What is Postnatal Depression?

Postnatal depression (PND for short) is a type of depression that happens after having a baby. Depression can sometimes begin during pregnancy, but it would only be called postnatal depression if it continues after you have had your baby. Postnatal depression is very common and we know that between ten and fifteen women in every hundred who give birth will experience it. The true figure may be even higher as many women don’t seek help or tell others about their feelings.

How is post-natal depression different from “ordinary” depression?

The symptoms of PND are the same as any depression. They include feeling low in mood and losing interest in things that are normally enjoyable. The only difference is that these feelings normally start within the first three months after having a baby. It is also possible to have a postnatal depression that starts later, but if the symptoms begin more than a year after a woman has given birth then it is unlikely to be called postnatal depression. The good news is that like other forms of depression, postnatal depression responds well to treatment, and most women make a full recovery.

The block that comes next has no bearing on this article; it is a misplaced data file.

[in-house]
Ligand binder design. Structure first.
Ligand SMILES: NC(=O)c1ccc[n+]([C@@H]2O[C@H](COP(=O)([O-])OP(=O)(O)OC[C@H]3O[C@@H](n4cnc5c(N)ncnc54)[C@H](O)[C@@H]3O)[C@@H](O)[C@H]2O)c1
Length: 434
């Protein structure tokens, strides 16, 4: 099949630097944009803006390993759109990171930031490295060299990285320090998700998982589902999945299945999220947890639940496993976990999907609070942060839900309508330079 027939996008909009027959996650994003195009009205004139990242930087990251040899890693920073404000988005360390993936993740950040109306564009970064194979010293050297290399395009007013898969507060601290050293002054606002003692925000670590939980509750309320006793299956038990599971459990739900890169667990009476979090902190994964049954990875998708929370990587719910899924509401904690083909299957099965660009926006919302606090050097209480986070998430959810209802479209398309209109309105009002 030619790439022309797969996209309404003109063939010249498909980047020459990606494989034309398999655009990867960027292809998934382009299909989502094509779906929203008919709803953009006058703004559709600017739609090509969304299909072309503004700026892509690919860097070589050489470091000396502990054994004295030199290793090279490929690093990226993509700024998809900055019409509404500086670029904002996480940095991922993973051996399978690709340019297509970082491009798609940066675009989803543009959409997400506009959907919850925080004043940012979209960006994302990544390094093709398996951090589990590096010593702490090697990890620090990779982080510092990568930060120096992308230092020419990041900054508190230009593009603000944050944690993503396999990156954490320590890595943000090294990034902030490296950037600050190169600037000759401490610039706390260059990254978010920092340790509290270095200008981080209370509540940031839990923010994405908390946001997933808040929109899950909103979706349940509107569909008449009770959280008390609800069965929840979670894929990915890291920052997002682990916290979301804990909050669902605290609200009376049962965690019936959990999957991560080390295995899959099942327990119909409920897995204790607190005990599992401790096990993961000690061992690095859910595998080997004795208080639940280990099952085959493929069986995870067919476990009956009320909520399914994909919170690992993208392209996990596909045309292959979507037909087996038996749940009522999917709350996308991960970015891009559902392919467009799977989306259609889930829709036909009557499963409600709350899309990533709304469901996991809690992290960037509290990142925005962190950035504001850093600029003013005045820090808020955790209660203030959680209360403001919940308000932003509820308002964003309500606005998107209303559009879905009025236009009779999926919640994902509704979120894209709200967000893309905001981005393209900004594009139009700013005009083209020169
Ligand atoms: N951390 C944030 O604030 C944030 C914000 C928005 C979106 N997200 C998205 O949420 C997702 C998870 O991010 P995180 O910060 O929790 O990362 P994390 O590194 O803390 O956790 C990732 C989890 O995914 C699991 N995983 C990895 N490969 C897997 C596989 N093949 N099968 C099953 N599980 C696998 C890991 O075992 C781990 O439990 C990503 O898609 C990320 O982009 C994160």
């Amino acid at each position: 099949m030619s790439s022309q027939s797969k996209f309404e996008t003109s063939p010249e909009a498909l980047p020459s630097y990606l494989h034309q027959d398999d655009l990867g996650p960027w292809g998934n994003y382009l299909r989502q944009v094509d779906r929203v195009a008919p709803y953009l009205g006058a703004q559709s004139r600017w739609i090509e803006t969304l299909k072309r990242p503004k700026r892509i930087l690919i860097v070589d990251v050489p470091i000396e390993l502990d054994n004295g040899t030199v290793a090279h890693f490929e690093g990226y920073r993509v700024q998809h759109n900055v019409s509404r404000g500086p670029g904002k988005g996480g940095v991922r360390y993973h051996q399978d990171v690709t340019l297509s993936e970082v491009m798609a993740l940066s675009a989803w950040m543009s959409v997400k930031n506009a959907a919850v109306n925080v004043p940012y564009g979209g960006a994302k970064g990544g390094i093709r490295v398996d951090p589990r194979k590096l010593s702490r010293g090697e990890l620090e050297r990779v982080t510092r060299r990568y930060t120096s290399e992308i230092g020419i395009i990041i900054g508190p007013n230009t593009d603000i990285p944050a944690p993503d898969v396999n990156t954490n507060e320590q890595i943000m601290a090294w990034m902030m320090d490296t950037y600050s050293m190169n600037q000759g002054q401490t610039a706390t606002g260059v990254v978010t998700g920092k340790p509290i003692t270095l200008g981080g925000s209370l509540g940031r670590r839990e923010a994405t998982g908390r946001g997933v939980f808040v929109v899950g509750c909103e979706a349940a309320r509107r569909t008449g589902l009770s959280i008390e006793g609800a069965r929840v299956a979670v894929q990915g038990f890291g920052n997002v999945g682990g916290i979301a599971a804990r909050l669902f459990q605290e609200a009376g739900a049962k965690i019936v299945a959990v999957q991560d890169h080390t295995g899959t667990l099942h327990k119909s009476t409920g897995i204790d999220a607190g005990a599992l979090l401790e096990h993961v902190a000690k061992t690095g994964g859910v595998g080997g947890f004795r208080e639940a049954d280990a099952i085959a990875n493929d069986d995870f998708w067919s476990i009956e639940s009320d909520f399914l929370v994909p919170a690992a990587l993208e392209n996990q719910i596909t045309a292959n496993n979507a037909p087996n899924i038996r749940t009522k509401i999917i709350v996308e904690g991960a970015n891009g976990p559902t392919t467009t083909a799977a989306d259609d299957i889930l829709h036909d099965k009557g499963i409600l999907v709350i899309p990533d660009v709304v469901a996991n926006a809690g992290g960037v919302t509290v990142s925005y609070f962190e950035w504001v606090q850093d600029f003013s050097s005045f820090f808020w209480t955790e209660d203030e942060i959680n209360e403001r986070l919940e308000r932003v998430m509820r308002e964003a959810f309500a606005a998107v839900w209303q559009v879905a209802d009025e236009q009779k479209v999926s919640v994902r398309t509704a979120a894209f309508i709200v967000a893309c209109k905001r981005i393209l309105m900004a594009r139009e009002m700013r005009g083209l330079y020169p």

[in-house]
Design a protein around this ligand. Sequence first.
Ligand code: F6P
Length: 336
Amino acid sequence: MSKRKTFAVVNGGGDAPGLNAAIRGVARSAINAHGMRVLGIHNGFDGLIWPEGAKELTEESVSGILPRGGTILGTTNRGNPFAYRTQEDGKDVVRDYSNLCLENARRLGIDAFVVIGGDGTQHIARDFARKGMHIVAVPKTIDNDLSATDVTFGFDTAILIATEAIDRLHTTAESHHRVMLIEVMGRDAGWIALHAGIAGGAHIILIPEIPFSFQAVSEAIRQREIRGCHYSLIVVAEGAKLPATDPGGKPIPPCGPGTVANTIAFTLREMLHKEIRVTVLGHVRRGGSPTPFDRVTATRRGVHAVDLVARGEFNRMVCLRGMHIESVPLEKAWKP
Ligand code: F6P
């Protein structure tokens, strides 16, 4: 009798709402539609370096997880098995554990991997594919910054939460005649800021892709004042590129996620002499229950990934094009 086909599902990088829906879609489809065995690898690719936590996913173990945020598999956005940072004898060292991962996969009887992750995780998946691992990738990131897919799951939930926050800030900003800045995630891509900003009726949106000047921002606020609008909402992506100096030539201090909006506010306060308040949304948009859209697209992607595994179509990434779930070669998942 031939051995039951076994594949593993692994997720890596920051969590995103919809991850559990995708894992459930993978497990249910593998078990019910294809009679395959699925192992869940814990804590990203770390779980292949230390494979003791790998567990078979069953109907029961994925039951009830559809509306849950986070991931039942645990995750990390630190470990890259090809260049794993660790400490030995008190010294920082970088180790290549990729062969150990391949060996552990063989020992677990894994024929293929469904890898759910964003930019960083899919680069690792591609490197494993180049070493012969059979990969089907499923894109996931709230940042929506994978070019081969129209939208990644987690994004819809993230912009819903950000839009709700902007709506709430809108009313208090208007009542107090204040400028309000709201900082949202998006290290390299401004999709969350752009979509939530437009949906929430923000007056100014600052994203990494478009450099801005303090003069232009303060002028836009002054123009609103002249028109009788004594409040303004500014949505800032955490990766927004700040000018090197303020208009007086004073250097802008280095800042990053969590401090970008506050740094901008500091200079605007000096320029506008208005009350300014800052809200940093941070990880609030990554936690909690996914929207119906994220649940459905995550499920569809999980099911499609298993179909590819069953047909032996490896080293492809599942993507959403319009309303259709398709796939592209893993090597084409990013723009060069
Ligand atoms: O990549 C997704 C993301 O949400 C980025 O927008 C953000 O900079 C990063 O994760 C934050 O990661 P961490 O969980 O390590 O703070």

Possible causes and risk factors?

The cause of postnatal depression isn’t completely clear. Most experts think it’s the result of a combination of factors. These may include:

  • Depression during pregnancy
  • A difficult delivery
  • Lack of support at home
  • Relationship Worries
  • Money problems
  • Having no close family or friends around you
  • Physical health problems following the birth, such as urinary incontinence (loss of bladder control), or persistent pain from an episiotomy scar or forceps delivery


Even if you don’t have any of these problems and your pregnancy and labour is straightforward, having a baby can be a stressful and life-changing event that can sometimes trigger depression. People often assume they’ll naturally adapt to parenthood overnight. However, it can take months before you begin to cope with the pressures of being a new parent. This is true even for those who already have children. In addition, some babies are more difficult and demanding than others and don’t settle so easily.


This can lead to exhaustion and stress.